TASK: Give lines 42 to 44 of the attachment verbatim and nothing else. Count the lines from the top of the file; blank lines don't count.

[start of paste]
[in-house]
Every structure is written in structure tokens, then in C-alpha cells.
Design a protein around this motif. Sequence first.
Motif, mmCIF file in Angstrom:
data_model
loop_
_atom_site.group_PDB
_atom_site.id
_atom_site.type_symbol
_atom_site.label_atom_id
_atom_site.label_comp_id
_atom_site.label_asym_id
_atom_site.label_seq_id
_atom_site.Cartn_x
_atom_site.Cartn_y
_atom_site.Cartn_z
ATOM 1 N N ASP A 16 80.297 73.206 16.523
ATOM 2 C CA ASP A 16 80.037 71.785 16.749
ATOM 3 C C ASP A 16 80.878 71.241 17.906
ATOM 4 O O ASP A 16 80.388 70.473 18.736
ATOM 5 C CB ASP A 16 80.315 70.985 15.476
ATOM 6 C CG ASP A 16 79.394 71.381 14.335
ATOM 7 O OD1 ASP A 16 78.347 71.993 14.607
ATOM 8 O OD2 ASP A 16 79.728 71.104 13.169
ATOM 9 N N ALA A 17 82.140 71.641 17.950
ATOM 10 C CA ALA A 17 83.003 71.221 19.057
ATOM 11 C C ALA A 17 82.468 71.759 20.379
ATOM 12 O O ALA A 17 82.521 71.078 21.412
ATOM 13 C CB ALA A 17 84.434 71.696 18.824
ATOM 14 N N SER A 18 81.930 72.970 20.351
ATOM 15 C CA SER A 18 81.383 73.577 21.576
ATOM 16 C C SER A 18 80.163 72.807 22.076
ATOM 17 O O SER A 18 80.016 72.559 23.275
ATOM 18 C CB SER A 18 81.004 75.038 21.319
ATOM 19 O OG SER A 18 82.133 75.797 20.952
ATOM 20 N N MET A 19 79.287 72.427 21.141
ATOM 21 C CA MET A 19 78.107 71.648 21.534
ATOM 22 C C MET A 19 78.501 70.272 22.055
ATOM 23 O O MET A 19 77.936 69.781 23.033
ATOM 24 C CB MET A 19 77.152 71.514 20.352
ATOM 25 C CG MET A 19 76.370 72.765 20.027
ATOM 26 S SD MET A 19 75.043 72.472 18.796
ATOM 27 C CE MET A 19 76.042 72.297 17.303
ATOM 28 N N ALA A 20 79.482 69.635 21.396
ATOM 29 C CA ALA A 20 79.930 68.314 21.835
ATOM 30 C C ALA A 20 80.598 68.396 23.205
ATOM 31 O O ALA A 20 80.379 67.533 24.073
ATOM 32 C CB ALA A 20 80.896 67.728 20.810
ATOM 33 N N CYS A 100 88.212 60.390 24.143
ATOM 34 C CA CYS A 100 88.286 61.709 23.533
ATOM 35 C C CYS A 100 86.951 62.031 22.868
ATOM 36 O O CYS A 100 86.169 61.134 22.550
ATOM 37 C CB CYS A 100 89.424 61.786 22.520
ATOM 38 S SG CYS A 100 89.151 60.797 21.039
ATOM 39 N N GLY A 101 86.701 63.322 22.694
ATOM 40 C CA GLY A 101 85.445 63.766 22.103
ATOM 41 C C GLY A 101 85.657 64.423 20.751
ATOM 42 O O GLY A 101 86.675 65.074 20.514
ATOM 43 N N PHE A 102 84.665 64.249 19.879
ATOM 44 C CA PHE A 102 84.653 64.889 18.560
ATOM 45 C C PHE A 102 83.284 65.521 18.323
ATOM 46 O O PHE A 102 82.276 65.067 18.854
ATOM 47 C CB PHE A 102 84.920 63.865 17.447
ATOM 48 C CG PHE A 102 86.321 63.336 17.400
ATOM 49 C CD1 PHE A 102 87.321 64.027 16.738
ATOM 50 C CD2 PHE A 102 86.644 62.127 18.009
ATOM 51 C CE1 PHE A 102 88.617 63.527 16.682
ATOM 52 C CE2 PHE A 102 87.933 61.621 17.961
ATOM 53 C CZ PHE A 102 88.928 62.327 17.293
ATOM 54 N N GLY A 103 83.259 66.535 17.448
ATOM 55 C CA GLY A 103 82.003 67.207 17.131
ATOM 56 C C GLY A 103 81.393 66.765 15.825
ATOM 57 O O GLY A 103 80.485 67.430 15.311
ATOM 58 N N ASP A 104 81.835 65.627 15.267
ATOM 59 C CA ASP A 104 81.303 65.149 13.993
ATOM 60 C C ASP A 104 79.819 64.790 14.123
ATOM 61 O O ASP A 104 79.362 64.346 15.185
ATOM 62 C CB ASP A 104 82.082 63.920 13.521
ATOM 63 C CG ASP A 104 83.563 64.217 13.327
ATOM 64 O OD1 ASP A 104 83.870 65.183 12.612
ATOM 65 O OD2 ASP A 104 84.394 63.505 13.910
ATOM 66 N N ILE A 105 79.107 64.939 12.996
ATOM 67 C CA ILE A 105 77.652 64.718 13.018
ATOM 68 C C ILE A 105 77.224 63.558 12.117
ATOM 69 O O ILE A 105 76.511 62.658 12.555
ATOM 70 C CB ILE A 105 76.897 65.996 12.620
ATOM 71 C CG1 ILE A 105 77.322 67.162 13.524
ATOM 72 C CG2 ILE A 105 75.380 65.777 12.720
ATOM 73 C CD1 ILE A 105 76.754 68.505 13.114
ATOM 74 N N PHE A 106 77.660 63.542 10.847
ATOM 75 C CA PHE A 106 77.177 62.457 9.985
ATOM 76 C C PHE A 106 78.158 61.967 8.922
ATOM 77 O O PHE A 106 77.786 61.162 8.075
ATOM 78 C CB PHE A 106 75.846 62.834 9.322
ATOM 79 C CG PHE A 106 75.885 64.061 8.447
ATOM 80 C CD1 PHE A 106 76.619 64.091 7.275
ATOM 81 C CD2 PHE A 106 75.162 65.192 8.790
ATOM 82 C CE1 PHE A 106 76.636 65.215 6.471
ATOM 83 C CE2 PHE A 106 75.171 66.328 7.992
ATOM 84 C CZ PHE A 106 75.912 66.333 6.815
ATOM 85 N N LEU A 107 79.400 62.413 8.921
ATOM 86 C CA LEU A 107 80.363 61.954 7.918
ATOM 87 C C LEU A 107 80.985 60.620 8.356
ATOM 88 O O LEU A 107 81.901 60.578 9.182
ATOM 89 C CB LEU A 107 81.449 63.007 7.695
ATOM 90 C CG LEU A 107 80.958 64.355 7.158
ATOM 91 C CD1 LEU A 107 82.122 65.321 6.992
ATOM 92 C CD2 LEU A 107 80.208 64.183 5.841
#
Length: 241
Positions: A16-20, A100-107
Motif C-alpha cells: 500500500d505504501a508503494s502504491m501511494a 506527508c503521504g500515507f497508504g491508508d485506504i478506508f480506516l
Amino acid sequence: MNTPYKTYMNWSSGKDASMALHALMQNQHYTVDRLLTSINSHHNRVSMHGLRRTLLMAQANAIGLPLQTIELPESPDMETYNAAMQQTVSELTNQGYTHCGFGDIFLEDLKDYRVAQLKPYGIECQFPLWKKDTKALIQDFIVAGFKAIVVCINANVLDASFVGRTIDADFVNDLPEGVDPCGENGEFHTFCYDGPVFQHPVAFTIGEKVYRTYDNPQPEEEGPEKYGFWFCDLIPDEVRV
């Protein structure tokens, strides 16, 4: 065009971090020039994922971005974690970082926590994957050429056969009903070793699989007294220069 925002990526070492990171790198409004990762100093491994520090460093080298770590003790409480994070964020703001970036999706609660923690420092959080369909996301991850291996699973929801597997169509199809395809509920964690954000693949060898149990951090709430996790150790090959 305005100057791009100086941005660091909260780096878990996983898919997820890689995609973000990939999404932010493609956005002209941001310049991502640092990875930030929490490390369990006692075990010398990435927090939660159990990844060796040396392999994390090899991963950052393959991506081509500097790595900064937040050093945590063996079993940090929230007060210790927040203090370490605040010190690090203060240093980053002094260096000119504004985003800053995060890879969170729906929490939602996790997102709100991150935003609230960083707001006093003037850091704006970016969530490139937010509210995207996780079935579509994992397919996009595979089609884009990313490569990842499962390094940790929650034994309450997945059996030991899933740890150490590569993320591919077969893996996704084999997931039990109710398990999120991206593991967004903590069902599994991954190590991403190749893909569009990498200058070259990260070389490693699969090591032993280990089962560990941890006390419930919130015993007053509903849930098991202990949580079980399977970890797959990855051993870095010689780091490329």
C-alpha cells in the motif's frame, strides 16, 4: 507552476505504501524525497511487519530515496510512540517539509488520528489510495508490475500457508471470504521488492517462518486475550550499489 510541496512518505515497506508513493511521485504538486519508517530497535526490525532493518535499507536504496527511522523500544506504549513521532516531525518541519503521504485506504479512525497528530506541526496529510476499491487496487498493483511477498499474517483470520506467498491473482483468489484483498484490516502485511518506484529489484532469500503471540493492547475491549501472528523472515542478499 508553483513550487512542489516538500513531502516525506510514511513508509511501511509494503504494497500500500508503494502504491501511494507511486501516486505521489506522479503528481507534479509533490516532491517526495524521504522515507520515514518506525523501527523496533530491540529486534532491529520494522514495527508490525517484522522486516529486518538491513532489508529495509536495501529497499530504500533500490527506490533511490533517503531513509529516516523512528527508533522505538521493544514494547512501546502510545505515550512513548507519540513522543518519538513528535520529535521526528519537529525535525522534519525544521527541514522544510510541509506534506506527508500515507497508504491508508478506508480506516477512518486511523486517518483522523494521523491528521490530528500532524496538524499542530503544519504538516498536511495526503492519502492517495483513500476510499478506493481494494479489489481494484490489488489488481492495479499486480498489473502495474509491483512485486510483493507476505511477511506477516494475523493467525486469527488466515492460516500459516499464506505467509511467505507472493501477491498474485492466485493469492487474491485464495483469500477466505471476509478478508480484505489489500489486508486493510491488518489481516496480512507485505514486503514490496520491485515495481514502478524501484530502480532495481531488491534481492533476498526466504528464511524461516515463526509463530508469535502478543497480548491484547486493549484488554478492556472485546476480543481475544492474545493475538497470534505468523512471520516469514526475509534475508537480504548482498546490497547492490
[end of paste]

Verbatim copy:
ATOM 26 S SD MET A 19 75.043 72.472 18.796
ATOM 27 C CE MET A 19 76.042 72.297 17.303
ATOM 28 N N ALA A 20 79.482 69.635 21.396